Unjust Rewards? New book exposes the reality of the rich
With the gap between the richest and the poorest people in the UK increasing a new book reveals the extent to which the new super rich are loosing touch with the reality faced by the majority of citizens.
Unjust Rewards, which is being serialised in the Guardian this week, is written by journalists Polly Toynbee and David Walker. The book contains interviews with many highly paid city workers looking at their attitudes about earnings and growing inequality.
In one display of arrogance and ignorance one of the bankers interviewed for the book said: “Many people, like teachers, don’t do things for pay. But you won’t find a teacher that works as hard as we do.”
‘But,’ ask the authors, ‘did they work 10 times as hard as a teacher on 30,000 a year or, in the case of some lawyers and bankers, 100 times as hard?’ No is the answer but this had no barring on the views of the majority of top earners.
Toynbee and Walker are not trying to say that these people should feel guilty and give up most of what they earn. Instead they are exposing the lack of awareness inside the City bubble.
When the conversation turned to taxation there were several responses but none where in favour of a fair tax system. ‘Response one: we will leave, and you will be poorer. Or: we don't deserve to be forced to pay more. Or: even if we were taxed more, the money would all be wasted.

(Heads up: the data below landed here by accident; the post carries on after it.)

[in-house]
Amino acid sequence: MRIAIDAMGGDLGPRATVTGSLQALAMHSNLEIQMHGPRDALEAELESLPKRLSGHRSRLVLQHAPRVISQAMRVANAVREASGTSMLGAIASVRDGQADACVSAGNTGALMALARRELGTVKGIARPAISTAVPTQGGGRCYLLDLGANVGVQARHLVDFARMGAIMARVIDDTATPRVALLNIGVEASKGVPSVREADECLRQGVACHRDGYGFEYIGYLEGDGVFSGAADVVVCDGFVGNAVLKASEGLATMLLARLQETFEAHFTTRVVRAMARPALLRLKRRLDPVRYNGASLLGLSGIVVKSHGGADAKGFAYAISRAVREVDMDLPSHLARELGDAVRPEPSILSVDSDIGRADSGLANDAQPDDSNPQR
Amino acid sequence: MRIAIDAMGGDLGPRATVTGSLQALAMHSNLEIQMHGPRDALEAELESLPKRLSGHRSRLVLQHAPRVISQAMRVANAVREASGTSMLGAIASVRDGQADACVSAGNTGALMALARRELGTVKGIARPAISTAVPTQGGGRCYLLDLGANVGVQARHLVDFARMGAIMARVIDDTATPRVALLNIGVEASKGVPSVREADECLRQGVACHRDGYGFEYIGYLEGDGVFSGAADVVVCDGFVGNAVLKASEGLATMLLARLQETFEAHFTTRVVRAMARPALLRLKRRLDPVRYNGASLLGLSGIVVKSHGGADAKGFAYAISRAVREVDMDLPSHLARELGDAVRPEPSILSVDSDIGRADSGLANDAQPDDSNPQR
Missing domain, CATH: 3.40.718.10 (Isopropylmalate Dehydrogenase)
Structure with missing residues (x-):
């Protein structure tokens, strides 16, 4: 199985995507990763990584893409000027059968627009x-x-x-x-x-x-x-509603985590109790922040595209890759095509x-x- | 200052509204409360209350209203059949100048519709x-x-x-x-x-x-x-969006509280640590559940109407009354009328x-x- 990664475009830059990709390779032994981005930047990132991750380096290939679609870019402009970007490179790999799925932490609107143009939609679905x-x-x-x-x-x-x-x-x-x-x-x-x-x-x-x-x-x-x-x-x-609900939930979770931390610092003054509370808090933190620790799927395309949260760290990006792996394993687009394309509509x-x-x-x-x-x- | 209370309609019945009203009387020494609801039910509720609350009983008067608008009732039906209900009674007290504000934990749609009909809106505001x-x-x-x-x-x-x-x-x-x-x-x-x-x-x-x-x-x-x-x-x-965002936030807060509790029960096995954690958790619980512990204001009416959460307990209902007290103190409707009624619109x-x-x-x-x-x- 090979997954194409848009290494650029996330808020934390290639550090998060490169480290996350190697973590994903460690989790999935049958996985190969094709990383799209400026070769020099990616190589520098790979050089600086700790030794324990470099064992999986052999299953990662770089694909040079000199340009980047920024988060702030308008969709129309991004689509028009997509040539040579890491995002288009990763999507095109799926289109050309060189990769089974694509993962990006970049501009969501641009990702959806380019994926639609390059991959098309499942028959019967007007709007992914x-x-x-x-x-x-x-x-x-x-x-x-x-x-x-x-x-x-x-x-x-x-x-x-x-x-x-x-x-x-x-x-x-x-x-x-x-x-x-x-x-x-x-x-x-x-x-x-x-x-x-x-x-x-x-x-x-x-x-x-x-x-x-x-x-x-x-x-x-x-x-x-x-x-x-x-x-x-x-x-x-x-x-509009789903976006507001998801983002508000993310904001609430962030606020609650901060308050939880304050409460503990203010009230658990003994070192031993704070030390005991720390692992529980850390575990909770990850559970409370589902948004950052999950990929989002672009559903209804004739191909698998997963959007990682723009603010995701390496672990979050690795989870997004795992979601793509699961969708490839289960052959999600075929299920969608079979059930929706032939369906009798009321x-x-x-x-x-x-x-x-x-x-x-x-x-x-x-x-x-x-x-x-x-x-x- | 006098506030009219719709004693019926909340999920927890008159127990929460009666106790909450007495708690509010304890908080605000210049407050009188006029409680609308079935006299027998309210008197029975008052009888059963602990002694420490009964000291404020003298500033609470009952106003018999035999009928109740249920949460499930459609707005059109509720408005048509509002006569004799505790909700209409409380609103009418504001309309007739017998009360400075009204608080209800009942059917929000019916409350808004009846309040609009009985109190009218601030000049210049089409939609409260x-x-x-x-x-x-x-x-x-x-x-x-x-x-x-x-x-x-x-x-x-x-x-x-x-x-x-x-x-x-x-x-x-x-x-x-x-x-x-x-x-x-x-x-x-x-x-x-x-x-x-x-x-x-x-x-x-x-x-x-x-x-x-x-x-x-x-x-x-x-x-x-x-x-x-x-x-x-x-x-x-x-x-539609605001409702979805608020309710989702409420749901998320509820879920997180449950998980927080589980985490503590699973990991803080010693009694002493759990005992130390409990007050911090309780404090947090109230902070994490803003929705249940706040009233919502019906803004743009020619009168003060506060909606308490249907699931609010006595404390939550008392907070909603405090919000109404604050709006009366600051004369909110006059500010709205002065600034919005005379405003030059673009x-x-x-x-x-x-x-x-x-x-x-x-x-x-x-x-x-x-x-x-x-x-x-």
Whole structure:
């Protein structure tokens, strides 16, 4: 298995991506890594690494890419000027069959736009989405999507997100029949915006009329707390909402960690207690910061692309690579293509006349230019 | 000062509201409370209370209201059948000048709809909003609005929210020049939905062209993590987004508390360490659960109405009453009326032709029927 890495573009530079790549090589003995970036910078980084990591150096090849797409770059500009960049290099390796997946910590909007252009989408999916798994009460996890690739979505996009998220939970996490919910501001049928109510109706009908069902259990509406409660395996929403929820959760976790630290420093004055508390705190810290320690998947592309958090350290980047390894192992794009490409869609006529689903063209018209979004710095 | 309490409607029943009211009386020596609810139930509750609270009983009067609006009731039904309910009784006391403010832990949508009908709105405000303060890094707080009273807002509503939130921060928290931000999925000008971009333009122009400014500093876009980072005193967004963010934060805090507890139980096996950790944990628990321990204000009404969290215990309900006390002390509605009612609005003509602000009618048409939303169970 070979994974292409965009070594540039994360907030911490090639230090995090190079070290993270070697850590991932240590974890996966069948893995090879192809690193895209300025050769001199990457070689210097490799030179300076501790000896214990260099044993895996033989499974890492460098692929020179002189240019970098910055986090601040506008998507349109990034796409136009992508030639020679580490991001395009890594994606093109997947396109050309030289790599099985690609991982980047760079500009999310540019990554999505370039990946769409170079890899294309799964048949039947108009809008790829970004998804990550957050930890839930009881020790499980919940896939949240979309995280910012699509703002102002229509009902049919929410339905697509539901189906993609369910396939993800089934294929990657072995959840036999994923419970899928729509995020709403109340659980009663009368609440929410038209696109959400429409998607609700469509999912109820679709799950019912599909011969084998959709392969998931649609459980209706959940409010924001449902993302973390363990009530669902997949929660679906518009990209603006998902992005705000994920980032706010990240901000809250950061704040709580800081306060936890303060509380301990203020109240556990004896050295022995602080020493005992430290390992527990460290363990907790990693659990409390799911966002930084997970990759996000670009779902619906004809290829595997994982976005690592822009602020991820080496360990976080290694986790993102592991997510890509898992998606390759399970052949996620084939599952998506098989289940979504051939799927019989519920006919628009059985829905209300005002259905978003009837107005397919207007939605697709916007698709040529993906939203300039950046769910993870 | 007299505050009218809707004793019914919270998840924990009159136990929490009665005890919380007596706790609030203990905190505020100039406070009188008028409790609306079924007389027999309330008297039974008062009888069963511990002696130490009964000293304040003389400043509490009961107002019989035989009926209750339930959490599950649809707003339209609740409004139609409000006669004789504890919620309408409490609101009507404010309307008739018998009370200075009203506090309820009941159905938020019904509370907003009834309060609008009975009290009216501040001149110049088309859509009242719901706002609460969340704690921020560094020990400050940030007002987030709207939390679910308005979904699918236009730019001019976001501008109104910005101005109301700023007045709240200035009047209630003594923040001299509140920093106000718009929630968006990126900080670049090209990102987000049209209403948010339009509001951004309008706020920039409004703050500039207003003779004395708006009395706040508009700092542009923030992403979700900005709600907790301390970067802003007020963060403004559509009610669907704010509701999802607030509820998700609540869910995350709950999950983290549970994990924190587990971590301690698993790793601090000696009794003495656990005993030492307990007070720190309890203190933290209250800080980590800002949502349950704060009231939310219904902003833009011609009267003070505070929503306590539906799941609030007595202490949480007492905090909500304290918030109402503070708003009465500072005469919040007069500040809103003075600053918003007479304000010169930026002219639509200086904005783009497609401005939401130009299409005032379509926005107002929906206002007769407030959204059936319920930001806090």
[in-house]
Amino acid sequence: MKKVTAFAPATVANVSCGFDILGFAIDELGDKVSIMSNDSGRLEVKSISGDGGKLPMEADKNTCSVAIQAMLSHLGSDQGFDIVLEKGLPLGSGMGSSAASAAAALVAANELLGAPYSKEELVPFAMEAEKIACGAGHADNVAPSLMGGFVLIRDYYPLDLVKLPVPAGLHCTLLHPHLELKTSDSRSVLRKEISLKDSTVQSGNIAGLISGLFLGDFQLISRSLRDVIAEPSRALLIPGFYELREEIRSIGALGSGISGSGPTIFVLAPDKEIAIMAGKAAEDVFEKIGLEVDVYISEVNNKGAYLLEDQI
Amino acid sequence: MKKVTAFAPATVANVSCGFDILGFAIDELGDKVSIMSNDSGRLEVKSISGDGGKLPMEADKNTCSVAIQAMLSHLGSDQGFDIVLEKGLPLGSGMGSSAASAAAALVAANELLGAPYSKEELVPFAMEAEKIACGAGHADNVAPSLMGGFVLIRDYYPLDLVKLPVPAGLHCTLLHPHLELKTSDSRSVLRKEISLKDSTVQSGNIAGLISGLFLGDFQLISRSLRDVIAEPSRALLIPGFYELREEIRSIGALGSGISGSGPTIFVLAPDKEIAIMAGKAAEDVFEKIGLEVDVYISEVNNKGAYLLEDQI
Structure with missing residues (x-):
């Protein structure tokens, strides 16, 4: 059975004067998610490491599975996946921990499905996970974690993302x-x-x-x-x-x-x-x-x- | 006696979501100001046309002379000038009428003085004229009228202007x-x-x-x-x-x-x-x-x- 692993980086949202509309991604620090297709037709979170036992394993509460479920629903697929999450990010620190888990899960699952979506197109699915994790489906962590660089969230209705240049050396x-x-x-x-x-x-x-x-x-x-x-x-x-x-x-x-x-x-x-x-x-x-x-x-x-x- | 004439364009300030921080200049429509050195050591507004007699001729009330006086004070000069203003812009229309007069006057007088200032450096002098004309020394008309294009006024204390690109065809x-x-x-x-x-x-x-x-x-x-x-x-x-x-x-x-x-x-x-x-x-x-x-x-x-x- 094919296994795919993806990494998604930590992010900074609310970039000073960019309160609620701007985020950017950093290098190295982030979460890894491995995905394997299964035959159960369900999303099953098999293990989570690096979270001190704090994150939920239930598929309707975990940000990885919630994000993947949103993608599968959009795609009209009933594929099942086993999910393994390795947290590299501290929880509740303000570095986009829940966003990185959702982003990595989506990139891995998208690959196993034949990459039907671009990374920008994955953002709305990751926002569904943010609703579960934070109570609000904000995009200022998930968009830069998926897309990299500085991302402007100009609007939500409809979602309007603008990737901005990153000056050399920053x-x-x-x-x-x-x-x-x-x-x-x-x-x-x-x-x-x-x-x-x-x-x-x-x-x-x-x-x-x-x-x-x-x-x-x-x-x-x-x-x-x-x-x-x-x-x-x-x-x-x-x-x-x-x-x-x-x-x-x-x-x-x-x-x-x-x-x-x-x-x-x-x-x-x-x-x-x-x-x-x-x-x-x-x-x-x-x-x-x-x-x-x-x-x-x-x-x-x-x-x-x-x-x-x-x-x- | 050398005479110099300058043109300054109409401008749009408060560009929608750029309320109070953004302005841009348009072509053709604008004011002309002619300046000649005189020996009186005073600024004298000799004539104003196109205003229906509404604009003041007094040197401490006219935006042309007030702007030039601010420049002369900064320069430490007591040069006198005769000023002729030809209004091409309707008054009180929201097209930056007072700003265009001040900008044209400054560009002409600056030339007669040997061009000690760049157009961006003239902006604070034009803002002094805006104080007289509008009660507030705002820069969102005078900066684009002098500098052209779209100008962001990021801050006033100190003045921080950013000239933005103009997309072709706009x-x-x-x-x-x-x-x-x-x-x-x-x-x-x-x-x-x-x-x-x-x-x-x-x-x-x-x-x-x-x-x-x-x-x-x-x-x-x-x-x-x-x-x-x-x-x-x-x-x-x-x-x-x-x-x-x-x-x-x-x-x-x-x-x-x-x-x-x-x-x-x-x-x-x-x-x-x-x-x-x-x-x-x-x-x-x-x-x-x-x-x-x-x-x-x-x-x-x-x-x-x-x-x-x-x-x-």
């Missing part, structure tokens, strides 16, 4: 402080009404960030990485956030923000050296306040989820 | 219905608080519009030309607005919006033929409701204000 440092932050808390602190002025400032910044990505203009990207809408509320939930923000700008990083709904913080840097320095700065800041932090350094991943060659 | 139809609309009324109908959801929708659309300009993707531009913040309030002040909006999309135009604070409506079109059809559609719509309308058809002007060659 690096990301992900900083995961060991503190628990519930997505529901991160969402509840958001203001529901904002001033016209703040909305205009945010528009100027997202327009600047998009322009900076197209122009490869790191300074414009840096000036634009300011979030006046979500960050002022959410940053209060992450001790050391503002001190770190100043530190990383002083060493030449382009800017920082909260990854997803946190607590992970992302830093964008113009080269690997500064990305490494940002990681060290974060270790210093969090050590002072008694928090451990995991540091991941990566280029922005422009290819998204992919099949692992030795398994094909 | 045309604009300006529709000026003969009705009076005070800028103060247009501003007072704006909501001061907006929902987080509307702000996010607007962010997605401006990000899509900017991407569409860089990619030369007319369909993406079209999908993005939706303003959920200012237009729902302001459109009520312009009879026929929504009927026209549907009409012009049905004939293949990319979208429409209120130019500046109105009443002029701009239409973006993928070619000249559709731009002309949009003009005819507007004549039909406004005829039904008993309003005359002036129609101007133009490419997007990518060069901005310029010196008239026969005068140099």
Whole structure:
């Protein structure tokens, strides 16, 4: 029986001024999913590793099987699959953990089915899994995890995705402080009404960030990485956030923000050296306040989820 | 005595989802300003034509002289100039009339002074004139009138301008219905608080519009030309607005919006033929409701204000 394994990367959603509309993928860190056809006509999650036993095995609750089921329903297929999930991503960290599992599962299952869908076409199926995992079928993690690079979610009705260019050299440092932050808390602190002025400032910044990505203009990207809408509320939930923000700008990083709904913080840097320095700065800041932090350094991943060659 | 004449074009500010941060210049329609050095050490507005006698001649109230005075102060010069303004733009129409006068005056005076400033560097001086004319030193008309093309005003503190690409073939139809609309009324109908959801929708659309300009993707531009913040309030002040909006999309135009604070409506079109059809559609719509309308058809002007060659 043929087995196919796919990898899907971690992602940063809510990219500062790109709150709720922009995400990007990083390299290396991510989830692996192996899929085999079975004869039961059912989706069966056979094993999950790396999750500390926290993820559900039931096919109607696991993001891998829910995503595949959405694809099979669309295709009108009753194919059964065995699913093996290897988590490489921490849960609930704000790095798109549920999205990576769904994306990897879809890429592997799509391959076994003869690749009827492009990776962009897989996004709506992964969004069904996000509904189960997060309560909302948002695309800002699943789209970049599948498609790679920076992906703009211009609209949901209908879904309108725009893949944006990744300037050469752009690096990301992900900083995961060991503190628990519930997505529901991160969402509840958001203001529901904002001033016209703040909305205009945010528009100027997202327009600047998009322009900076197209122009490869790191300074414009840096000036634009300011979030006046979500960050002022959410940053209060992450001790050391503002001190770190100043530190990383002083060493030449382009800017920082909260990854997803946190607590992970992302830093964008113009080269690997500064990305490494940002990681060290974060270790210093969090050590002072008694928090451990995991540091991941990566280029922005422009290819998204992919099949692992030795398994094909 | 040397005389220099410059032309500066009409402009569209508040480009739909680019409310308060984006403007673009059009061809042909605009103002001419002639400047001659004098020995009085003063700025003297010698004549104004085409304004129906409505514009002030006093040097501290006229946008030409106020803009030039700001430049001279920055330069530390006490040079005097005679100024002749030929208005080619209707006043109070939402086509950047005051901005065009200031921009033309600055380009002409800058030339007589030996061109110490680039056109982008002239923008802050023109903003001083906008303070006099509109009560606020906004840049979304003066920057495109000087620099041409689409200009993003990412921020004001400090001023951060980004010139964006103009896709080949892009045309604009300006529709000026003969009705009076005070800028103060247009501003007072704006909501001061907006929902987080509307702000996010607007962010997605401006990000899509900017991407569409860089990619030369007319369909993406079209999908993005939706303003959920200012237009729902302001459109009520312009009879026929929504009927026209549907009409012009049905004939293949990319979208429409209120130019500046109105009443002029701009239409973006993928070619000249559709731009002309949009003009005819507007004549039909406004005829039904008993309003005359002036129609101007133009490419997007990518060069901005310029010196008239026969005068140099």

‘John Hills's charts showed how the modern UK tax system can barely be called progressive, with the top 10th of income earners paying a smaller proportion of their total income in tax than the bottom 10th. The poor are hit hard by VAT and other indirect taxes: they spend relatively more on taxable goods and services. Even when confronted with that evidence, the bankers especially gave the crudest response, saying flatly that they contributed more in cash - denying the point of a progressive tax system, which is that higher earners pay a larger proportionate share.’
The most disturbing thing about the findings in this section of the book is the obvious lack of compassion expressed by those questioned. Furthermore, there is no sense that they feel privileged and that by giving something back they could improve society and consequently there own lives.
To read more extracts from the book click the link below.
Unjust Rewards by Polly Toynbee and David Walker is published by Granta and can be purchased now at your local bookshop.
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